Justice is the soul of a government. The term ‘access to justice’, as understood and used, means approaching judicial institutions for expeditious and inexpensive redress of a wrong committed to a person, and his/her body or property.
The preamble to Pakistan’s constitution, primarily based upon the Objectives Resolution of March 12, 1949, passed by the first Constituent Assembly of Pakistan, promised that the constitution would guarantee fundamental rights, including equality of status, opportunity and before law, social, economic and political justice, and freedoms of thought, expression, belief, faith, worship and association, subject to law and morality. It also promised the independence of the judiciary – a sine qua non for access to justice. Article 37 of the constitution sets out a goal for the state: that it shall ensure inexpensive and expeditious justice.
The constitution makes elaborate provisions for the creation of courts and other tribunals exercising the judicial power of the state. At the apex of the judicial pyramid is the Supreme Court of Pakistan that exercises appellate and original jurisdiction. The Supreme Court has seventeen judges including the chief justice. There are five high courts, one in each province and one for the Islamabad Capital Territory. The provincial high courts have benches at places other than their principal seats. The Lahore High Court has three benches at Rawalpindi, Multan and Bahawalpur, where judges are supposed to be nominated for a year. The Sindh High Court has its benches at Sukhar and circuit benches at Hyderabad and Larkana. The Balochistan High Court has its benches at Sibbi and Turbat. The Peshawar High Court has benches at Abbottabad, Dera Ismael Khan, and Mingora-Swat. High courts have constitutional, original, appellate and revisional jurisdiction. The purpose of establishing these benches was to ensure expeditious justice.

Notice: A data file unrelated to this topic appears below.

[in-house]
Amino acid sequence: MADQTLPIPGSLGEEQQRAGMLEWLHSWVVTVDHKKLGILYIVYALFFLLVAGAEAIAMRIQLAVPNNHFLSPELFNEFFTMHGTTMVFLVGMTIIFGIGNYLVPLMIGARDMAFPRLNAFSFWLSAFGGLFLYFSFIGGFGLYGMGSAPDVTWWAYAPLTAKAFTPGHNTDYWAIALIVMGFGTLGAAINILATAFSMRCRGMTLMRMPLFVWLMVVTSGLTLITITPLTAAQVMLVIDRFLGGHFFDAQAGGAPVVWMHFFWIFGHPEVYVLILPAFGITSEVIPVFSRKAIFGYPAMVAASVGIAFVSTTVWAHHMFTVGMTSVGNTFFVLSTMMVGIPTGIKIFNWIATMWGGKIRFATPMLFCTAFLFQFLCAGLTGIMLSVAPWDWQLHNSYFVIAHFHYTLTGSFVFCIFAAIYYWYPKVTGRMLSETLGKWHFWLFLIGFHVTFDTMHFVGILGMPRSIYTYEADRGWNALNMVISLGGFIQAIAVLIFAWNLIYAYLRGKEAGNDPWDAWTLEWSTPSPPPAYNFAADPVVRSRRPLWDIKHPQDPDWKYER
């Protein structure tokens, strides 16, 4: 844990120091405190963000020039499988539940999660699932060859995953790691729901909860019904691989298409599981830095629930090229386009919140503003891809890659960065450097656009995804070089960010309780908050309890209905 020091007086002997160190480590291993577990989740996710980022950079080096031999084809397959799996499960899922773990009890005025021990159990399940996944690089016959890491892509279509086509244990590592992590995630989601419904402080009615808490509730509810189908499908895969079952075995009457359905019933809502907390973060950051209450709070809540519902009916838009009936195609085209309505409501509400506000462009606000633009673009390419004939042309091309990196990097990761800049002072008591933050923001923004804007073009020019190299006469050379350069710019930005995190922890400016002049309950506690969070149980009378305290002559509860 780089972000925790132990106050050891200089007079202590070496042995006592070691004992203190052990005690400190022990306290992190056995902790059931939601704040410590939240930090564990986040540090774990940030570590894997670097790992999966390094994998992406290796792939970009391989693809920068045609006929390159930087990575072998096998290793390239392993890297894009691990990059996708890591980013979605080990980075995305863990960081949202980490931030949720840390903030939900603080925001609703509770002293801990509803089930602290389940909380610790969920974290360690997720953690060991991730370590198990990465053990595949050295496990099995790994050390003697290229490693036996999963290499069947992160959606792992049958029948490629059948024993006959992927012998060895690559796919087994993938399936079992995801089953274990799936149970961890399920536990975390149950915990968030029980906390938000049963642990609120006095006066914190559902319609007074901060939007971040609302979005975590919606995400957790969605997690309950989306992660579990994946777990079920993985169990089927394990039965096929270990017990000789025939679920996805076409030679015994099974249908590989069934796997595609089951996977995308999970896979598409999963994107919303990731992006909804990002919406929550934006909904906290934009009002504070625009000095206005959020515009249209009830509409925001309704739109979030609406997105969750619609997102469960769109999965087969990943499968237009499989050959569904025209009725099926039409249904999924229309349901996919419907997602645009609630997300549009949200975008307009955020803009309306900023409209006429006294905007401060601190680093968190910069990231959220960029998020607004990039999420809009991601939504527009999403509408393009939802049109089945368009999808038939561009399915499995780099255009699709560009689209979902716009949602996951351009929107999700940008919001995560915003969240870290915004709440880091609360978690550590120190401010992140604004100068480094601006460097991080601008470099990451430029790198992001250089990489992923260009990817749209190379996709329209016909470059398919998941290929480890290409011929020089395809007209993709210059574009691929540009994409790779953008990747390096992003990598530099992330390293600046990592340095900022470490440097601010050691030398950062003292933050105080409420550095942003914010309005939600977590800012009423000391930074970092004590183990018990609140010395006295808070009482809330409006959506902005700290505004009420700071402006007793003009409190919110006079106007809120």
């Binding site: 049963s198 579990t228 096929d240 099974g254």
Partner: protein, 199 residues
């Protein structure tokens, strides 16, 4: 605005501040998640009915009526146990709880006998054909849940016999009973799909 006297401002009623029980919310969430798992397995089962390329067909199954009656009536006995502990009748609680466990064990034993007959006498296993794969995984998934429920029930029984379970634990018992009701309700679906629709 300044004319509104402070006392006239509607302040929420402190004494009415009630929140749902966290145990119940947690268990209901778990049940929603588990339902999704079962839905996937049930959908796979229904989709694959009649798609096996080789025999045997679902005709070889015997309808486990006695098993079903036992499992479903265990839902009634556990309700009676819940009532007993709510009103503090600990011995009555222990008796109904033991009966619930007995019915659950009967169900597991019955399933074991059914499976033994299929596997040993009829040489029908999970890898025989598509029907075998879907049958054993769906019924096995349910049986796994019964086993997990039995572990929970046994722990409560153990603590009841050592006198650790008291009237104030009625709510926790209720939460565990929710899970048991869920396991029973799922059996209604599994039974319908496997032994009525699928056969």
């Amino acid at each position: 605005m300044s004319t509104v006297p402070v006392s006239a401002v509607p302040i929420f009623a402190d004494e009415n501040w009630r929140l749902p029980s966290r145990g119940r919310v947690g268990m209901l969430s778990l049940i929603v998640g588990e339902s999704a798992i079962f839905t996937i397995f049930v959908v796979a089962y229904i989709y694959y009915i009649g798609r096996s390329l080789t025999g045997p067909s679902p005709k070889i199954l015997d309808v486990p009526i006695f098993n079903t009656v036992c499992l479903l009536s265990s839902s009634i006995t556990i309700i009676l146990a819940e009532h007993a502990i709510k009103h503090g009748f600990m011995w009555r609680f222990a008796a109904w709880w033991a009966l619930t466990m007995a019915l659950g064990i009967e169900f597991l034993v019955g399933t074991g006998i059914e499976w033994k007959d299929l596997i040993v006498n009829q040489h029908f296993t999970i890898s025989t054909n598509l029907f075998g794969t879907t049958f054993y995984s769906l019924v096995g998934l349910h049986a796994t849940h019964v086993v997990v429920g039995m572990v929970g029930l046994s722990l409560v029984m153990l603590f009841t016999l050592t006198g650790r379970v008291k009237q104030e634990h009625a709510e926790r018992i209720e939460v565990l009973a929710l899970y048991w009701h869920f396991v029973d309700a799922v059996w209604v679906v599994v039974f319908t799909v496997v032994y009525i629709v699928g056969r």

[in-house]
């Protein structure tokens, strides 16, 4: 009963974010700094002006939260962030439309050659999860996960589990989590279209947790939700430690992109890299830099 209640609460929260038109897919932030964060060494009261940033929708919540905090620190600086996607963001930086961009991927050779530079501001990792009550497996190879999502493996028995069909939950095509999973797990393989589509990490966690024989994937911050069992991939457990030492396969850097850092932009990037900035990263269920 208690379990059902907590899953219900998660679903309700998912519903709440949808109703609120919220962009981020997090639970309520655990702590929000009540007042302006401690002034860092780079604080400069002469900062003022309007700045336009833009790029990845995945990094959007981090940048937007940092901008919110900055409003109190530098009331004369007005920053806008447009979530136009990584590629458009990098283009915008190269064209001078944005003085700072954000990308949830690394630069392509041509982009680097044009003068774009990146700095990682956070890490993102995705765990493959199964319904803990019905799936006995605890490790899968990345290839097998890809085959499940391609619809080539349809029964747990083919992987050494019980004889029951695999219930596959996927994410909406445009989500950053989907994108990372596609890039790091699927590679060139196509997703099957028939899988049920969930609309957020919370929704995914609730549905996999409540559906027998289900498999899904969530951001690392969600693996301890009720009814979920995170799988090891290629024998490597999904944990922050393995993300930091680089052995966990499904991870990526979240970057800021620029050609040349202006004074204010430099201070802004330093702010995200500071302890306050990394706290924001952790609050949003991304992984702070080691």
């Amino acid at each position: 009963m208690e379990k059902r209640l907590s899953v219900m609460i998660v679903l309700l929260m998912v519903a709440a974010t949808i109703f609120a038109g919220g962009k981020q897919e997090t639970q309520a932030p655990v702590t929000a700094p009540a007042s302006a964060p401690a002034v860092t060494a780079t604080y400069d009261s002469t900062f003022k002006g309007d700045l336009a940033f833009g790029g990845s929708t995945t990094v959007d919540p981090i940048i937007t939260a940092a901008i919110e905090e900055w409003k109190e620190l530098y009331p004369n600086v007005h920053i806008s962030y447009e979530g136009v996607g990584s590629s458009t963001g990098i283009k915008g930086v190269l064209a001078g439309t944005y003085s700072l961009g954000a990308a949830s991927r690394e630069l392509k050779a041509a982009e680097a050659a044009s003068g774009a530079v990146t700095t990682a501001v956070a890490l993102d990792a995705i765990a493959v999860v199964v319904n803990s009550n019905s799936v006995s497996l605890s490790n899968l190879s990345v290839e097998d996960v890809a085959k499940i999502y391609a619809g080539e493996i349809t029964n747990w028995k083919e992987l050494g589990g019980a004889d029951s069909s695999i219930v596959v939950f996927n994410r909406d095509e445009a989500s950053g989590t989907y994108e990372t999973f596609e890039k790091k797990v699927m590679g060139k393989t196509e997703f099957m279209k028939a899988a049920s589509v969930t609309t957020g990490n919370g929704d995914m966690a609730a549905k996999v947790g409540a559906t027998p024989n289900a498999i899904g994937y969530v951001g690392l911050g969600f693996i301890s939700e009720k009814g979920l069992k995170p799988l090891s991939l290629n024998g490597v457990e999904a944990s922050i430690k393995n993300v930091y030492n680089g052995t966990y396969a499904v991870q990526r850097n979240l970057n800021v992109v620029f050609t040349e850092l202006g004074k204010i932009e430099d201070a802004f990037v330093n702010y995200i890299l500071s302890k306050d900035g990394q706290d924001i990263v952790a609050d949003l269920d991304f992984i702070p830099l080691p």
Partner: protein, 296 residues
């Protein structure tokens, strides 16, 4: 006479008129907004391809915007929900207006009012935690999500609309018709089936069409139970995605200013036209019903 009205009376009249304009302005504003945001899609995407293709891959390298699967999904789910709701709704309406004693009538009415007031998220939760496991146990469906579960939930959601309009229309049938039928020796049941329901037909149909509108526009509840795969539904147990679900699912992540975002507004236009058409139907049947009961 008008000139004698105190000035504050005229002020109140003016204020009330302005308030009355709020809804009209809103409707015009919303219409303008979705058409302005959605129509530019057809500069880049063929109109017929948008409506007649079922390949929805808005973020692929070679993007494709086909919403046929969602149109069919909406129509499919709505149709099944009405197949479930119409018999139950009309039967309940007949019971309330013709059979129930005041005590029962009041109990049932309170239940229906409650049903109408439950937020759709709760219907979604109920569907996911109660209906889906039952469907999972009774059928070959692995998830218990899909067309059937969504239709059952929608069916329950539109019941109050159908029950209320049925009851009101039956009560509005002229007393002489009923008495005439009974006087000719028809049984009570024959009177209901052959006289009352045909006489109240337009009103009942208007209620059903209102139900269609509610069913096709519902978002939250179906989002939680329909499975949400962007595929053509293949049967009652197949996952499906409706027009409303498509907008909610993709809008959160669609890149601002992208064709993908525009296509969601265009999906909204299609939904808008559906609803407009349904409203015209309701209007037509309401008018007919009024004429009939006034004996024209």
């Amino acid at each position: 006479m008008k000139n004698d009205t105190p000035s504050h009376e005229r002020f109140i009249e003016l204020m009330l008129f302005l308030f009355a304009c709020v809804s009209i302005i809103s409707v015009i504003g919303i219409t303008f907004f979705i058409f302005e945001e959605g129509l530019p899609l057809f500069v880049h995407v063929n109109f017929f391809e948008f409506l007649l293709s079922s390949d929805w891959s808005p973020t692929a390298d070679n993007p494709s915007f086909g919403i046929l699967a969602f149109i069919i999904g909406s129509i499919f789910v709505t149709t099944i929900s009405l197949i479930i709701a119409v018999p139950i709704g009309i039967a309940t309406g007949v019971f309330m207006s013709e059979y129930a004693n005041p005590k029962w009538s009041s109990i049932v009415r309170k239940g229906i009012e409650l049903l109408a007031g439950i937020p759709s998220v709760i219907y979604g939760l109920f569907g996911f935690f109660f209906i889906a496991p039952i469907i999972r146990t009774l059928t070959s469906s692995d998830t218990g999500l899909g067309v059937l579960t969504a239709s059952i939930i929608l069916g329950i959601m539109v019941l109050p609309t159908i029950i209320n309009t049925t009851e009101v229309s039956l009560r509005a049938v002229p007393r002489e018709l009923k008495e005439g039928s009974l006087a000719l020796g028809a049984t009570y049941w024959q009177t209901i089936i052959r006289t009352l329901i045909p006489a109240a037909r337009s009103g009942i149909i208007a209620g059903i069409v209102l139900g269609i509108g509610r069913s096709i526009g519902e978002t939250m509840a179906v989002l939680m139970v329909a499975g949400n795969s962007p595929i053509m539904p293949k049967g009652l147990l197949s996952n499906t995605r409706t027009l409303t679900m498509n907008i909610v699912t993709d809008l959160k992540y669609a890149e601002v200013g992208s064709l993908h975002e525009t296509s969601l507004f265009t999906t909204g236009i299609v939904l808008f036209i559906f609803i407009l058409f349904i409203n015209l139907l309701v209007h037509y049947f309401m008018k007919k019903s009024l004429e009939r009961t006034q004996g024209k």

In addition to the above constitutional and appellate courts at the state and province levels, there are civil and criminal courts organized under the provincial laws at the district and sessions levels. A large number of courts are created under special laws – Anti-terrorism Courts, Banking Court, Special Court for Customs, anti-narcotics courts.
Courts perform three essential functions under the constitution. The first and foremost is dispute resolution between private individuals or between the state and individuals. The state here means a branch of the government. Second, the courts are obligated to enforce and protect fundamental and constitutional rights of the people against the executive and legislative branches of the government. This is the domain of the constitutional courts – high courts and the Supreme Court – which are vested with the power of judicial/constitutional review under Articles 8, 184 (3) & 199 of the constitution.
The third and most onerous function of these constitutional courts is to defend and enforce the constitution. Since the judiciary has neither the purse nor the sword but only the moral authority, this task is thus wholly dependent upon independent and fearless judges. Those who sit to judge others and are willing to be judged by the court of the people must have no skeletons in their judicial closets. Unfortunately, like other branches of government, the judicial branch has been dragging its feet from accountability too. In the last 75 years, only three judges of the high courts were removed for alleged misconduct.
Data collected by different organizations about the judicial system of Pakistan shows that its performance is abysmal. The huge pendency of cases in the Supreme Court shows a sorry state of affairs. Other courts too have huge pendency running into hundreds of thousands. According to a report, it normally takes 20 years for a case to complete its final judicial stages.